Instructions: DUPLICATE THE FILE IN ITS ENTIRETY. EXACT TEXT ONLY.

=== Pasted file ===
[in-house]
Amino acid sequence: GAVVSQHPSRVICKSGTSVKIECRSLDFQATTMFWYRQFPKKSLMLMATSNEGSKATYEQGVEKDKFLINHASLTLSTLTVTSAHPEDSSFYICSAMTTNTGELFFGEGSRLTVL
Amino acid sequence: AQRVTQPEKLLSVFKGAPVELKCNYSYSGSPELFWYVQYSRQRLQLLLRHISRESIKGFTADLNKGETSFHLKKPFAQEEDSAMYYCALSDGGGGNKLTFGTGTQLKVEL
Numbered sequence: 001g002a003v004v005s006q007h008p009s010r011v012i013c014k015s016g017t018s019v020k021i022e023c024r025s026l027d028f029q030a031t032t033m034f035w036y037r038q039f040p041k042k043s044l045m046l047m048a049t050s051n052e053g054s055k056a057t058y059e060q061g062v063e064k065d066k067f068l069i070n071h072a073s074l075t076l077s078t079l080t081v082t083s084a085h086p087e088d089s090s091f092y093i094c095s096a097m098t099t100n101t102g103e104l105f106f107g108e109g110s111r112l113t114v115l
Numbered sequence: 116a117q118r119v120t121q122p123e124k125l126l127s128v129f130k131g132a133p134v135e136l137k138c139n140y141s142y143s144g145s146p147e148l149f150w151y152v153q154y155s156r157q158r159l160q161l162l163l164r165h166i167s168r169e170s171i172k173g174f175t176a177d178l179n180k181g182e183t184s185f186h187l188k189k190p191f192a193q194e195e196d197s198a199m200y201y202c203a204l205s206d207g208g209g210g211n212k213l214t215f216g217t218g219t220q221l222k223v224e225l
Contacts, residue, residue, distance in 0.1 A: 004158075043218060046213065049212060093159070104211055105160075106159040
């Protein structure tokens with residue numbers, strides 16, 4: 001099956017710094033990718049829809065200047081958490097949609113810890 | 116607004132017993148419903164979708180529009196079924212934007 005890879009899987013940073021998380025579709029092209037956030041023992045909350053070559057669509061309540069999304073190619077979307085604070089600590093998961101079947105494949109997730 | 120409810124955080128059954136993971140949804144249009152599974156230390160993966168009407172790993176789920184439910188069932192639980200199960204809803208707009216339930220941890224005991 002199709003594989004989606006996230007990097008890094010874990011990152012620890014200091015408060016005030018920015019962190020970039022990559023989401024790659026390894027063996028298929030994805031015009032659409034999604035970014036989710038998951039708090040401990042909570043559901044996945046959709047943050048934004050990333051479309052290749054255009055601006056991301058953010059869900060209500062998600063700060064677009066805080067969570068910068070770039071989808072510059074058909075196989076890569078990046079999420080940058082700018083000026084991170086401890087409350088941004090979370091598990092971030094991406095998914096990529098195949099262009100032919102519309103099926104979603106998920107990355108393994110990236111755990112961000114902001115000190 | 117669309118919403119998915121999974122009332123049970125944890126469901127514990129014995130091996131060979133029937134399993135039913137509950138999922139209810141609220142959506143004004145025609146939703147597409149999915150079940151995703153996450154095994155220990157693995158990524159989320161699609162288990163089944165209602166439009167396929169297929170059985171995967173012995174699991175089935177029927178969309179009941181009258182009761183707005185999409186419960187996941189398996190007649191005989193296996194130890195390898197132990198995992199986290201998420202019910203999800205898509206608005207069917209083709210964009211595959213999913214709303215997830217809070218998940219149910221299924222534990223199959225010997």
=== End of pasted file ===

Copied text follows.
[in-house]
Amino acid sequence: GAVVSQHPSRVICKSGTSVKIECRSLDFQATTMFWYRQFPKKSLMLMATSNEGSKATYEQGVEKDKFLINHASLTLSTLTVTSAHPEDSSFYICSAMTTNTGELFFGEGSRLTVL
Amino acid sequence: AQRVTQPEKLLSVFKGAPVELKCNYSYSGSPELFWYVQYSRQRLQLLLRHISRESIKGFTADLNKGETSFHLKKPFAQEEDSAMYYCALSDGGGGNKLTFGTGTQLKVEL
Numbered sequence: 001g002a003v004v005s006q007h008p009s010r011v012i013c014k015s016g017t018s019v020k021i022e023c024r025s026l027d028f029q030a031t032t033m034f035w036y037r038q039f040p041k042k043s044l045m046l047m048a049t050s051n052e053g054s055k056a057t058y059e060q061g062v063e064k065d066k067f068l069i070n071h072a073s074l075t076l077s078t079l080t081v082t083s084a085h086p087e088d089s090s091f092y093i094c095s096a097m098t099t100n101t102g103e104l105f106f107g108e109g110s111r112l113t114v115l
Numbered sequence: 116a117q118r119v120t121q122p123e124k125l126l127s128v129f130k131g132a133p134v135e136l137k138c139n140y141s142y143s144g145s146p147e148l149f150w151y152v153q154y155s156r157q158r159l160q161l162l163l164r165h166i167s168r169e170s171i172k173g174f175t176a177d178l179n180k181g182e183t184s185f186h187l188k189k190p191f192a193q194e195e196d197s198a199m200y201y202c203a204l205s206d207g208g209g210g211n212k213l214t215f216g217t218g219t220q221l222k223v224e225l
Contacts, residue, residue, distance in 0.1 A: 004158075043218060046213065049212060093159070104211055105160075106159040
């Protein structure tokens with residue numbers, strides 16, 4: 001099956017710094033990718049829809065200047081958490097949609113810890 | 116607004132017993148419903164979708180529009196079924212934007 005890879009899987013940073021998380025579709029092209037956030041023992045909350053070559057669509061309540069999304073190619077979307085604070089600590093998961101079947105494949109997730 | 120409810124955080128059954136993971140949804144249009152599974156230390160993966168009407172790993176789920184439910188069932192639980200199960204809803208707009216339930220941890224005991 002199709003594989004989606006996230007990097008890094010874990011990152012620890014200091015408060016005030018920015019962190020970039022990559023989401024790659026390894027063996028298929030994805031015009032659409034999604035970014036989710038998951039708090040401990042909570043559901044996945046959709047943050048934004050990333051479309052290749054255009055601006056991301058953010059869900060209500062998600063700060064677009066805080067969570068910068070770039071989808072510059074058909075196989076890569078990046079999420080940058082700018083000026084991170086401890087409350088941004090979370091598990092971030094991406095998914096990529098195949099262009100032919102519309103099926104979603106998920107990355108393994110990236111755990112961000114902001115000190 | 117669309118919403119998915121999974122009332123049970125944890126469901127514990129014995130091996131060979133029937134399993135039913137509950138999922139209810141609220142959506143004004145025609146939703147597409149999915150079940151995703153996450154095994155220990157693995158990524159989320161699609162288990163089944165209602166439009167396929169297929170059985171995967173012995174699991175089935177029927178969309179009941181009258182009761183707005185999409186419960187996941189398996190007649191005989193296996194130890195390898197132990198995992199986290201998420202019910203999800205898509206608005207069917209083709210964009211595959213999913214709303215997830217809070218998940219149910221299924222534990223199959225010997």